Part 3: How To Do A Swim Workout

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[Parts 1 and 2 of Malindi’s four-part series on “How To Become A Faster Runner Through Cross Training” can be found here and here.]

Instead of going for a long/slow swim you’ll get more out of your workout at threshold effort. This translates into improved swimming and also makes sure you are working hard enough to benefit your running fitness.

When To Start Training For Your 2015 Fall Marathon

IMG_0593The following are the most popular fall marathons we customize training plans for and when our 18 and 15-week schedules start for this year’s race.

We recommend 18-weeks of training if you’ve been running fairly consistently but are not in great race shape when starting the plan. 15-weeks is better if you’re in good racing shape and you’ve already been doing some quality workouts. Sometimes the longer the training plan the more risk of overtraining.

Science on the Run: Carbohydrates For A Kick!

UntitledLinking current research to running

By Nikki Reiter

Pacing is our body’s way of preserving energy and it is suggested to occur both consciously and subconsciously from our brain and local muscles. Pacing requires a complex integration of brain and muscle signals that is highly debated as the Central Governor theory (the brain) vs. the Peripheral Fatigue model (read more here) with the purpose of keeping our bodies from harming themselves through excessive exertion.

How Swimming Can Make You A Faster Runner

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[Editor’s note:  Part 1 of Malindi’s four-part series on “How To Become A Faster Runner Through Cross Training” can be found here.]

By Malindi Elmore

Why do so many runners hate cross training? We are very goal-oriented and we revel in measurable data. We like to know how far and how fast we ran. Cross training puts us in a foreign situation where often the data is less quantifiable, and we do not have a reference point for our progress. This is why I strongly suggest having a purpose and goals for your non-running endurance training activities and not just approaching it in a haphazard way.

Science on the Run: “Better Short Than Never!”

By Nikki Reiter

Do you plan your workout intensity? Does this ever deter you from your workout effort, or maybe deter you from starting the workout altogether?

Research has been published comparing rating of perceived exertion (RPE) responses before, during and after continuous and ‘high-intensity interval training’ (HIIT) exercise trials.

Apparently, RPE has been shown to change in relation to the same session, depending on ‘when’ it is asked.

Part I: How To Become A Faster Runner Through Cross Training

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By Malindi Elmore

Why do so many runners loath cross training? I know that I was firmly in the I-hate-cross-training camp for too many years. I think it is a combination of factors that result in this hatred for something that is beneficial to your running. Over the course of my 20-year career as a runner I have had more experience cross training than I care to count – 6 major injuries, pregnancy and a transition to being a multi-sport athlete has required that I sweat out hours aqua-jogging, biking, swimming, etc.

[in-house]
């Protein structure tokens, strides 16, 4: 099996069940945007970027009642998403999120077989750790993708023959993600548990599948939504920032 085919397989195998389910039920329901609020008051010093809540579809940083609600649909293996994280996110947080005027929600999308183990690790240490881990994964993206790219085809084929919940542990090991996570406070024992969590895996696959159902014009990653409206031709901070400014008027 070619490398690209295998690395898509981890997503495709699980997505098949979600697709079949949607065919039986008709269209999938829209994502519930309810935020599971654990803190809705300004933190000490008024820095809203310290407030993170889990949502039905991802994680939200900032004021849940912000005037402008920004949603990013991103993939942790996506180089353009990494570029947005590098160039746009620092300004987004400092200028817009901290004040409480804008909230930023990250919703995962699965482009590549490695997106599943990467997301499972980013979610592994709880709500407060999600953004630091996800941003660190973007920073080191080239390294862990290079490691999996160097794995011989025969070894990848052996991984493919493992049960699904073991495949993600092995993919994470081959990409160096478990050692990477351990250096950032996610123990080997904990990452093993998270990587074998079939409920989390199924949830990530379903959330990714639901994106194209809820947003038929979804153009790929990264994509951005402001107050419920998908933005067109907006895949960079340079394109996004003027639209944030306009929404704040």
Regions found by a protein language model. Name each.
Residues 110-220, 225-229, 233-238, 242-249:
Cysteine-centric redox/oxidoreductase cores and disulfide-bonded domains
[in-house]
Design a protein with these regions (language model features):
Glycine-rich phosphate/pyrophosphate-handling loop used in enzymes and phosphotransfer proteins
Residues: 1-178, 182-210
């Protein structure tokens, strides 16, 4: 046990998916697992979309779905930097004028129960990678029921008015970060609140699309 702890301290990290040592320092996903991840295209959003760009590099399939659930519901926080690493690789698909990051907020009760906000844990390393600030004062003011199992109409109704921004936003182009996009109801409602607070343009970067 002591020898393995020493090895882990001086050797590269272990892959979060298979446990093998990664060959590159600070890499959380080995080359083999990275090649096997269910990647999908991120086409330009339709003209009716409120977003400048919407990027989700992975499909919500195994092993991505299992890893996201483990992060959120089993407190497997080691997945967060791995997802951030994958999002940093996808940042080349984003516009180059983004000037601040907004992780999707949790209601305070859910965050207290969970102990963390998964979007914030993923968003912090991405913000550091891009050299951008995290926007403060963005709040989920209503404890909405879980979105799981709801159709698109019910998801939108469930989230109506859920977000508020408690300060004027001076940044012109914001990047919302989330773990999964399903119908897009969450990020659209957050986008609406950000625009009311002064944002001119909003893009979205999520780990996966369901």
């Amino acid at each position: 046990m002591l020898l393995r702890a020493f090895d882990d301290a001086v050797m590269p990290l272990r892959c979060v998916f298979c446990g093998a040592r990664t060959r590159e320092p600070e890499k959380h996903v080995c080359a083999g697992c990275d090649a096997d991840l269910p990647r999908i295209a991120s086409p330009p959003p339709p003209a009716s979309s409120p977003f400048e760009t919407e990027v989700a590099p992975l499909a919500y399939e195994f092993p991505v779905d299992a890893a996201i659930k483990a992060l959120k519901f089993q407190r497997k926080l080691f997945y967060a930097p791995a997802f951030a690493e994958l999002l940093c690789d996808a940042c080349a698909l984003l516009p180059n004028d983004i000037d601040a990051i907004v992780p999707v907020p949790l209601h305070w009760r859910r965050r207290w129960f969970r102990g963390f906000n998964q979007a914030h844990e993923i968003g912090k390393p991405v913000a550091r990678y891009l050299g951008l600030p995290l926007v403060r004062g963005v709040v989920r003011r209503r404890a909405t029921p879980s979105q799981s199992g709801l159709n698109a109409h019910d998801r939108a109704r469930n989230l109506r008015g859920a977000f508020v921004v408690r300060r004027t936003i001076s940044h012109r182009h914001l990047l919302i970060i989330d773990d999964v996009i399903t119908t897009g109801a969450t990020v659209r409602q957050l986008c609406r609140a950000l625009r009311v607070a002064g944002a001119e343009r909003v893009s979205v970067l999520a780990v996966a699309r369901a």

Science on the Run: The Maximal Footwear Debate

UntitledLinking current research to running

By Nikki Reiter

I couldn’t figure out how to respond in only 140 characters to a Run SMART reader’s tweet, ‘Say no to Hokas?’ in response to my last post about the ‘foot core system’. While I’m not an expert on Hoka shoes, I do have some reservations about it’s thick midsole. Thanks to @SaltyRuns for the tweet!

Science on the Run: What Are We Without Our Feet?

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Linking current research to running

By Nikki Reiter

Being injured sucks. I recently hit a setback to my post-maternity training due to some ‘stop-me-dead-in-my-tracks’ arch pain. From this stems a reminder for ‘prehab, prehab, prehab!’ This personal incident comes along with an aptly timed publication about a new paradigm concerning foot health – the ‘foot core system.’

While we traditionally associate our ‘core’ with our pelvic region (and all the muscles that insert into it), this new publication highlights that the foot also has its own core, comprising of ‘intrinsic muscles’ (meaning the muscles fully contained within the foot) that are largely ignored when it comes to the typical muscles we associate with running.

Science on the Run: All Is Good In Moderation

Linking current research to runningUntitled

By Nikki Reiter

You often hear that it’s important to warm up for a variety of reasons surrounding injury prevention and optimal performance. Have you ever wondered if your warmup is helping or hindering your performance?  Are you doing too much that you’re wasting valuable energy? Or too little that you haven’t warmed up enough?

Proper Form Reminders While Running With A Stroller

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Linking current research to running

By Nikki Reiter

I’ve been doing daily runs lately with my baby in the jogging stroller. I can say that these runs sure do make me appreciate the days when I get to go solo. Don’t get me wrong, I love hearing my baby sing and chat along in her very own language with the rumbling of the stroller. However, as a biomechanist, I’m plagued with always thinking about my form – and subsequently how it changes with the stroller.